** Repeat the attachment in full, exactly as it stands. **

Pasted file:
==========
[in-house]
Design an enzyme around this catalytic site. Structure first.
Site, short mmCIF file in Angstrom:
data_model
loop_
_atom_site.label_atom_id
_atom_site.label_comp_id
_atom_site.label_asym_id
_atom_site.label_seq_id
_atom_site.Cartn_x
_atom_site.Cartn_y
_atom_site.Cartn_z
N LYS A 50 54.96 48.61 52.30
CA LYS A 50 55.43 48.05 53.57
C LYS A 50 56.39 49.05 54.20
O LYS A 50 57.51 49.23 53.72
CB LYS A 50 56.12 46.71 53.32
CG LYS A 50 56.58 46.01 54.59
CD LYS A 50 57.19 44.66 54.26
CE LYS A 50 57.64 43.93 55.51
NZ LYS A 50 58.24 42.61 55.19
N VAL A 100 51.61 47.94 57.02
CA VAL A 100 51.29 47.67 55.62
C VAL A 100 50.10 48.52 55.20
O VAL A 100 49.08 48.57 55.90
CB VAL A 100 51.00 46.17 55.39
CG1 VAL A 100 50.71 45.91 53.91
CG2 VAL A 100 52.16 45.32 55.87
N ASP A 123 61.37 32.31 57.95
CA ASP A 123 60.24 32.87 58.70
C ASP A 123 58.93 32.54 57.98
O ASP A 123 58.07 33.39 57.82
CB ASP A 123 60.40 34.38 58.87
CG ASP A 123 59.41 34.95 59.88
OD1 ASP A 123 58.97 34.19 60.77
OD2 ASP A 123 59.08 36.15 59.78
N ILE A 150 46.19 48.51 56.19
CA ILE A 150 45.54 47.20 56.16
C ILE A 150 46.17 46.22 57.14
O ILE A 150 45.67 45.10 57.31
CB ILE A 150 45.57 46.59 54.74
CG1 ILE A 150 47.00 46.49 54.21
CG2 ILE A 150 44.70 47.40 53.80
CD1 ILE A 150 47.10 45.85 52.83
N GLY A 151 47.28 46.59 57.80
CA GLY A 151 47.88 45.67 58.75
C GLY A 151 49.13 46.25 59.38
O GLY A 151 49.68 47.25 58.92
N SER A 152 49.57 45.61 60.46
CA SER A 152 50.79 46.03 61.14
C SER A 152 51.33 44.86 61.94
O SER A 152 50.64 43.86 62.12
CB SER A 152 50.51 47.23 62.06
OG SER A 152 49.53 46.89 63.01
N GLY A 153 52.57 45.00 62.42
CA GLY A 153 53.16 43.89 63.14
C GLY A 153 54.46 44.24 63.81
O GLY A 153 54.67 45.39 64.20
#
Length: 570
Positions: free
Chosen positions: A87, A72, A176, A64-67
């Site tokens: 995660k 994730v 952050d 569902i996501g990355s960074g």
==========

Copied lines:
[in-house]
Design an enzyme around this catalytic site. Structure first.
Site, short mmCIF file in Angstrom:
data_model
loop_
_atom_site.label_atom_id
_atom_site.label_comp_id
_atom_site.label_asym_id
_atom_site.label_seq_id
_atom_site.Cartn_x
_atom_site.Cartn_y
_atom_site.Cartn_z
N LYS A 50 54.96 48.61 52.30
CA LYS A 50 55.43 48.05 53.57
C LYS A 50 56.39 49.05 54.20
O LYS A 50 57.51 49.23 53.72
CB LYS A 50 56.12 46.71 53.32
CG LYS A 50 56.58 46.01 54.59
CD LYS A 50 57.19 44.66 54.26
CE LYS A 50 57.64 43.93 55.51
NZ LYS A 50 58.24 42.61 55.19
N VAL A 100 51.61 47.94 57.02
CA VAL A 100 51.29 47.67 55.62
C VAL A 100 50.10 48.52 55.20
O VAL A 100 49.08 48.57 55.90
CB VAL A 100 51.00 46.17 55.39
CG1 VAL A 100 50.71 45.91 53.91
CG2 VAL A 100 52.16 45.32 55.87
N ASP A 123 61.37 32.31 57.95
CA ASP A 123 60.24 32.87 58.70
C ASP A 123 58.93 32.54 57.98
O ASP A 123 58.07 33.39 57.82
CB ASP A 123 60.40 34.38 58.87
CG ASP A 123 59.41 34.95 59.88
OD1 ASP A 123 58.97 34.19 60.77
OD2 ASP A 123 59.08 36.15 59.78
N ILE A 150 46.19 48.51 56.19
CA ILE A 150 45.54 47.20 56.16
C ILE A 150 46.17 46.22 57.14
O ILE A 150 45.67 45.10 57.31
CB ILE A 150 45.57 46.59 54.74
CG1 ILE A 150 47.00 46.49 54.21
CG2 ILE A 150 44.70 47.40 53.80
CD1 ILE A 150 47.10 45.85 52.83
N GLY A 151 47.28 46.59 57.80
CA GLY A 151 47.88 45.67 58.75
C GLY A 151 49.13 46.25 59.38
O GLY A 151 49.68 47.25 58.92
N SER A 152 49.57 45.61 60.46
CA SER A 152 50.79 46.03 61.14
C SER A 152 51.33 44.86 61.94
O SER A 152 50.64 43.86 62.12
CB SER A 152 50.51 47.23 62.06
OG SER A 152 49.53 46.89 63.01
N GLY A 153 52.57 45.00 62.42
CA GLY A 153 53.16 43.89 63.14
C GLY A 153 54.46 44.24 63.81
O GLY A 153 54.67 45.39 64.20
#
Length: 570
Positions: free
Chosen positions: A87, A72, A176, A64-67
């Site tokens: 995660k 994730v 952050d 569902i996501g990355s960074g």